Good day to everyone,
I realy hope for some support from this group.
I’m already did some research, but still have some questions open.
Small description about me: I’m deck officer working in offshore, involved in building windfarms all around Europe and UK. Have 5 years of experience as deck officer DPO. Finished Maritime School and Maritime Academy in Europe (Bachelors degrees). My current license is Chief Officer (Unlimited). DP license unlimited.
I’m considering move to the USA (at least try for green card), but I also understand in case if we are lucky I, as a seafarer will face some difficulties with marine papers…
Does anyone has any experience with it, or you know some stories of success (or not), how to get credential of my STCW documents.?
I have heard that you need to start all your studies from beginning what i can’t believe that its so complicated.
Much appreciated in advance!
First thing: no matter your present license or certifications, you cannot get a U.S. officer license unless you are an American citizen. This is regardless of your green card status.
I am sure others will chime in. Others before you have asked the same questions. With the right search words like “green card”, you will find those posts. Once you get permanent resident status (green card), you can begin your journey if you are up for the task. You can apply for, and get an unlicensed rating. All the STCW courses will have to be redone. As @freighterman1 correctly stated to get an officer license, US citizenship is required.
Thanks for your replay.
Then its sounds bit unrealistic and unreasonable to change my papers… because its really sounds like it might take a long time. Better then to work abroad somewhere.
But I can’t really understand, why the U.S is doing like this with STCW documents. Its international standarts, why its not valid.
From one side I get the point about protecting their own market and employees but still, there is enough job for everyone (in my opinion).
Thanks for your reply.
Strange i saw couple of ads where was mentioned that its enough to have (green card) or legit status of yours to be in the U.S.
You don’t lose what you have but it is like starting over to work on a US Flag ship. Once citizenship is attained you can apply for the US version of the license you currently have and take that exam. As far the STCW courses go, the school/course has to have USCG approval. If not approved, and as good as they might be, the course can’t be used.
Thanks also for suggesting of using “keywords” for this question.
What I understand that theoretically i can also work for the U.S company but if their ship’s are under diferent County flag. And then later after receiving citizenship can apply already for exams for accreditation.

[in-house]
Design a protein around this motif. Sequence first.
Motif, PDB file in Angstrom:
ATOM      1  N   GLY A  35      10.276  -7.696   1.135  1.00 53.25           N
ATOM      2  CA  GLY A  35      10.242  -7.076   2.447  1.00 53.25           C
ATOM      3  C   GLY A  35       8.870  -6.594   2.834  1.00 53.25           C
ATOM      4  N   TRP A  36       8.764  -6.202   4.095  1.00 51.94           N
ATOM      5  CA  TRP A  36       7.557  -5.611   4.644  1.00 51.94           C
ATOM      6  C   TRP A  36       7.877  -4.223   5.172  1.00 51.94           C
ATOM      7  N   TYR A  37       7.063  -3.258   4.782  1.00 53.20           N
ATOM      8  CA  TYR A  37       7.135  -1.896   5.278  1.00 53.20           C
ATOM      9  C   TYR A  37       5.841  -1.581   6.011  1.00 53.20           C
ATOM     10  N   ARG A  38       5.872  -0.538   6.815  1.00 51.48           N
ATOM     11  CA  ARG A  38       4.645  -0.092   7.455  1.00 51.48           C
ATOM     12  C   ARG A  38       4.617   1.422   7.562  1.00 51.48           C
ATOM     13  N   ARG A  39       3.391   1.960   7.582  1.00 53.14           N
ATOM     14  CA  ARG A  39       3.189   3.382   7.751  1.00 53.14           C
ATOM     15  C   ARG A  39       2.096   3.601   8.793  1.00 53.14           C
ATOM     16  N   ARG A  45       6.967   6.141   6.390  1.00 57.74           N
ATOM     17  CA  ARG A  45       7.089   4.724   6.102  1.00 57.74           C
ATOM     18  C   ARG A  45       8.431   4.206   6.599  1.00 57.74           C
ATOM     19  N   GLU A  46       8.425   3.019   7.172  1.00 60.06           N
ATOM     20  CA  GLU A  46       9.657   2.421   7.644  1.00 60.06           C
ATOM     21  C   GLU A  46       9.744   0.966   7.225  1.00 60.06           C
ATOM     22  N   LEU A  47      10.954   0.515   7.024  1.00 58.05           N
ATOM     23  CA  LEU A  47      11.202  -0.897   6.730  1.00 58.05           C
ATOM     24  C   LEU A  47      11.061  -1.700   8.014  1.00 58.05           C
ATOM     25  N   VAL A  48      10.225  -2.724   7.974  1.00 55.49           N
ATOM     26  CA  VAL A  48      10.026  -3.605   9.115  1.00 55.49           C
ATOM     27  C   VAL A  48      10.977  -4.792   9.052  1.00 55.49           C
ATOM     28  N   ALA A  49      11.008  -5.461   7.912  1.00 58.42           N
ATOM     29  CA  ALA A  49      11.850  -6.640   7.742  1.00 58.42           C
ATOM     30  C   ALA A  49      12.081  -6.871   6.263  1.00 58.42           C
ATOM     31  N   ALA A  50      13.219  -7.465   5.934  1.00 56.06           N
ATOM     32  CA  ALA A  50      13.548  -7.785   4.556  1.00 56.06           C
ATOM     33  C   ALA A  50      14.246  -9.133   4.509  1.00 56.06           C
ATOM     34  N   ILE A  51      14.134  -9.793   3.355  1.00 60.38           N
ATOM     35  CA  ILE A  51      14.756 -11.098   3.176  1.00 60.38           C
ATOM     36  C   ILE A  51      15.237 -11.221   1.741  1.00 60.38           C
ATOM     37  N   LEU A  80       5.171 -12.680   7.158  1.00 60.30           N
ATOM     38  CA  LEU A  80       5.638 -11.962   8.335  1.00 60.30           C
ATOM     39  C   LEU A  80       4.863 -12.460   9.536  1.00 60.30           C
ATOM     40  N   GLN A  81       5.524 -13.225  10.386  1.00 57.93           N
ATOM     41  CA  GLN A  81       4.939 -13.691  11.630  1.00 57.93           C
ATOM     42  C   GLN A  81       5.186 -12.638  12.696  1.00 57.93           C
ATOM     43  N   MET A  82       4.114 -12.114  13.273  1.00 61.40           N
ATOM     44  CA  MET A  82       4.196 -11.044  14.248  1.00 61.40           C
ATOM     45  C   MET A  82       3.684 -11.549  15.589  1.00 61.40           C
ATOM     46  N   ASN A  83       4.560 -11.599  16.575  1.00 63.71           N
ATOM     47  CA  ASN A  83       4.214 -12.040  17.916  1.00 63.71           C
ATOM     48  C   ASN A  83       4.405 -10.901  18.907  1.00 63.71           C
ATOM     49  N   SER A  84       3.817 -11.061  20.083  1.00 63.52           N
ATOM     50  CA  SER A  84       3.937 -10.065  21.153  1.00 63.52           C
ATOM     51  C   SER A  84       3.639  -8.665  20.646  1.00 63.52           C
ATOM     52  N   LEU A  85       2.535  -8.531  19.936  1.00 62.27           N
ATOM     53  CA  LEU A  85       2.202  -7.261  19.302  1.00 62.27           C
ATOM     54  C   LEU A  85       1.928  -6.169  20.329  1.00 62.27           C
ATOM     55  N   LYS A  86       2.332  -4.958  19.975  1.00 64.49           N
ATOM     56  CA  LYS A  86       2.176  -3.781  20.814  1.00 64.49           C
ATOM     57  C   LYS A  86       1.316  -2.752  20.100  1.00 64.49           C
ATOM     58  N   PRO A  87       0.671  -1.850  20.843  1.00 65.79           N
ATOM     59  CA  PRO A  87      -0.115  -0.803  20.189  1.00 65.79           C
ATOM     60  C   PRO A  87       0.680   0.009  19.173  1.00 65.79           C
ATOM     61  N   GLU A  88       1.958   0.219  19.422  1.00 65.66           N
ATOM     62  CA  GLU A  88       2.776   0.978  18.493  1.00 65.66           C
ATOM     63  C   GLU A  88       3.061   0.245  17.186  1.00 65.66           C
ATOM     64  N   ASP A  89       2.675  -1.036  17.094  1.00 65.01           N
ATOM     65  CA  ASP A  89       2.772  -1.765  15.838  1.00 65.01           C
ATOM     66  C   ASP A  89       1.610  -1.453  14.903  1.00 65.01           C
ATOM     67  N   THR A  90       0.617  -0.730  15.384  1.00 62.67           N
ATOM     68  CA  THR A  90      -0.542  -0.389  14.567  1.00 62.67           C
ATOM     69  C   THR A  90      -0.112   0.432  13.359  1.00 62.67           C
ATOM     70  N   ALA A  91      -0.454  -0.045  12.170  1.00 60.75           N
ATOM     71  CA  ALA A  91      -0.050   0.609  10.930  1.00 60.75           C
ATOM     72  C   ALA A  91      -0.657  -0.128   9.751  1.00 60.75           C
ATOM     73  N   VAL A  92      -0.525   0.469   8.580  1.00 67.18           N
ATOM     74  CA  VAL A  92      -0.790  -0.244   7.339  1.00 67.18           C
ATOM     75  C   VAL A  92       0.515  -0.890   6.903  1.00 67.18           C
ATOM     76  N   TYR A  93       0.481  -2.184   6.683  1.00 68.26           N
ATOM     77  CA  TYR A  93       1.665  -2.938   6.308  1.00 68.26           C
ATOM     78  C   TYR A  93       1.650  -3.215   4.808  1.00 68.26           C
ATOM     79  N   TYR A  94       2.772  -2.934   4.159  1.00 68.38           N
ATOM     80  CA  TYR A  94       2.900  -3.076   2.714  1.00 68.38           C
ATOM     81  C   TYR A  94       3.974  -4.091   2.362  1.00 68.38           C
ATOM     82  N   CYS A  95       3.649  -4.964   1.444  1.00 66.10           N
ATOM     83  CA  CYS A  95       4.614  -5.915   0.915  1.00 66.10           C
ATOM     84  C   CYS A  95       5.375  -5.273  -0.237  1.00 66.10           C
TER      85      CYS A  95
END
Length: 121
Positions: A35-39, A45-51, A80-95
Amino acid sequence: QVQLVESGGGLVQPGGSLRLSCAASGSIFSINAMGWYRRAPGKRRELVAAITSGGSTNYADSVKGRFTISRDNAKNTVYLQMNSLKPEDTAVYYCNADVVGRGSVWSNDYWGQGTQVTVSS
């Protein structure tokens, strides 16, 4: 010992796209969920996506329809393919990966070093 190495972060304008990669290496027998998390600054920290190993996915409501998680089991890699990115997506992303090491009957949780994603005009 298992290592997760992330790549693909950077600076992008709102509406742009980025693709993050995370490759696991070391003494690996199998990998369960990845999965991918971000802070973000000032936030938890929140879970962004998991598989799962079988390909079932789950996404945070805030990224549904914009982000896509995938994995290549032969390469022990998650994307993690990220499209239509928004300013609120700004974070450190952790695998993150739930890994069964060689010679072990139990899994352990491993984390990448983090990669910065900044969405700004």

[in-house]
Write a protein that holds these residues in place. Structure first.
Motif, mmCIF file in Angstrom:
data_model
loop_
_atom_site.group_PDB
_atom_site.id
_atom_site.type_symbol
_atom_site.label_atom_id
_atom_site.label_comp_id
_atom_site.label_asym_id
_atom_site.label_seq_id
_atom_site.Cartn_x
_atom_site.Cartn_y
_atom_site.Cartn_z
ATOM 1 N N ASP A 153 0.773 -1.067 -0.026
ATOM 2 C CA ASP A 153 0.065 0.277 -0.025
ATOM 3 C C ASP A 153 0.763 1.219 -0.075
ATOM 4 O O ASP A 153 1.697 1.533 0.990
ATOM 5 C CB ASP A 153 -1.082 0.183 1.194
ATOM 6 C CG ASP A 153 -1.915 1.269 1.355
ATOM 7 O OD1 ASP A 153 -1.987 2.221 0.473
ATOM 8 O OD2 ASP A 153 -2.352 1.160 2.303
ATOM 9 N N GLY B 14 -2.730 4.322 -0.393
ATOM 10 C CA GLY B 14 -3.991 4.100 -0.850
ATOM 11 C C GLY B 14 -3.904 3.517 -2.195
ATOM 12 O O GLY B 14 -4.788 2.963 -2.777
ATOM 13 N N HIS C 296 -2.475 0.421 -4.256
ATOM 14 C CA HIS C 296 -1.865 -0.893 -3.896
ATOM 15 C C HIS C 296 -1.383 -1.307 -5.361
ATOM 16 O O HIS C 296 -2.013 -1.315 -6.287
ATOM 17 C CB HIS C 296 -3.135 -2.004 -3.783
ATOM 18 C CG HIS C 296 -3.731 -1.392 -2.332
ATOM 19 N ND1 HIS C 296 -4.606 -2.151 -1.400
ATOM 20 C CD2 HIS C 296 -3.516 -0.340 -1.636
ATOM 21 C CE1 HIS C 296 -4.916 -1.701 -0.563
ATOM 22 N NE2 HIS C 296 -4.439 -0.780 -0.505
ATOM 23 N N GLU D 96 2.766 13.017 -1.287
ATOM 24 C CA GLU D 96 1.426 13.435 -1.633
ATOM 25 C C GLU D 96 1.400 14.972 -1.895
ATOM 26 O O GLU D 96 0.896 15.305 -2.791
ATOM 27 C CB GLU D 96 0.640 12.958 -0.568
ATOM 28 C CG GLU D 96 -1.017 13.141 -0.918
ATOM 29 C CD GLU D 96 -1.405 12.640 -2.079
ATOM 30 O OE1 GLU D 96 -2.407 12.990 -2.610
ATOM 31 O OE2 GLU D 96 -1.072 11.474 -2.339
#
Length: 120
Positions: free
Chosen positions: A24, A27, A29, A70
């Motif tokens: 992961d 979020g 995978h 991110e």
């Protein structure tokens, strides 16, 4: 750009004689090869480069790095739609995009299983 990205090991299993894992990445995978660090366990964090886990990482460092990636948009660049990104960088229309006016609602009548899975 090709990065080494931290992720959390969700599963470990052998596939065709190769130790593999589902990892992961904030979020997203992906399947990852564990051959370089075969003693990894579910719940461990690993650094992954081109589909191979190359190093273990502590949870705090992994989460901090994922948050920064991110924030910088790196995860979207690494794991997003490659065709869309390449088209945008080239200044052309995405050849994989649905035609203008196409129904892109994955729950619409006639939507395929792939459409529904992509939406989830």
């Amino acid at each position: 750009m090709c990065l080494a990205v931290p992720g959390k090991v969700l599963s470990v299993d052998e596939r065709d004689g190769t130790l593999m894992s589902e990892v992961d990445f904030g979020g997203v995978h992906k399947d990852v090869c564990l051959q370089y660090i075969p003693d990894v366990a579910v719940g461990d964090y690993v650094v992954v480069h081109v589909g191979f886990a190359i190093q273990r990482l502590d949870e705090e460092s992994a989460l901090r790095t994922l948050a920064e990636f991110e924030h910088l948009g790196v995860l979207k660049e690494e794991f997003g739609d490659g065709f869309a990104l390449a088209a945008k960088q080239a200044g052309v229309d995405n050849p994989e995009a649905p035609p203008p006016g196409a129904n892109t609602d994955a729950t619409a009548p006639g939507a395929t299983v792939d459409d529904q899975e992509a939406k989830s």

Your current skill set (building wind farms) may suit you well. It remains to be seen how many of the various vessels used to build wind farms in US waters will be required to be US Flag. You don’t necessarily have to work for a US company.
You can work with your current documents on a US flag vessel.
He could work anything but master on a US Vessel equal to his license. Over seas on OSVs they take everyone off but the Master and Chief. This is mainly because local labor is dramatically cheaper.
In the States I have never heard of someone without a US license in the bridge of a US Vessel. I don’t know the legalities off the top of my head, but the blowback from inside the industry would be bad.
As far as I recall, US Flag vessels- regardless of location- must have U.S. Licensed Officers holding US MMC’s.
There are exceptions during time of National Emergency- where a waiver is granted- but not usually as Master or C/E. I have been aboard a US Flag vessel where we had a West German national who was our 2nd Asst Engr (and he was an exceptional engineer)- but he could only ride to the first US Port- then Visa processes and etc were required- this was pre STCW during Gulf War I.
The CFR plainly states that ALL US credentialed Officers MUST be citizens.
Not on any vessel, just OSVs operating from a foreign port see 46 CFR 15.720
and 46 USC 8103.
With exceptions, see the regulation and statute cited above.
Got to hand it to the OSV lobby, they get some good carve outs.
And the crappy part is when a FF vessel working on the shelf for an oil company they don’t put Americans on board.
That’s more the oil companies doing then the OSV companies.
So the below quote is wrong, minus unique exception.
I have been very aware of the OSV exception for years which is why I said what I did.
Yes you can, but only on OSV working outside US waters. Nothing new, it has been like that for more than 50-60 years.
PS> You can also work on foreign flag vessels in US waters, or anywhere else in the world.
As you know they don’t ALL pay “slave wages”, or have “no benefits”.
OSV is not found in your comment. Original poster would’ve thought he can work on any US flag vessel, or maybe “a US flag vessel”, but you didn’t specify OSV only.
“That 3/4” wrench will work in the engine room"
…cadet comes back saying 3/4" doesn’t fit
“Oh, that 3/4” wrench only works for 3/4" bolts in the engine room"
I am very aware of this.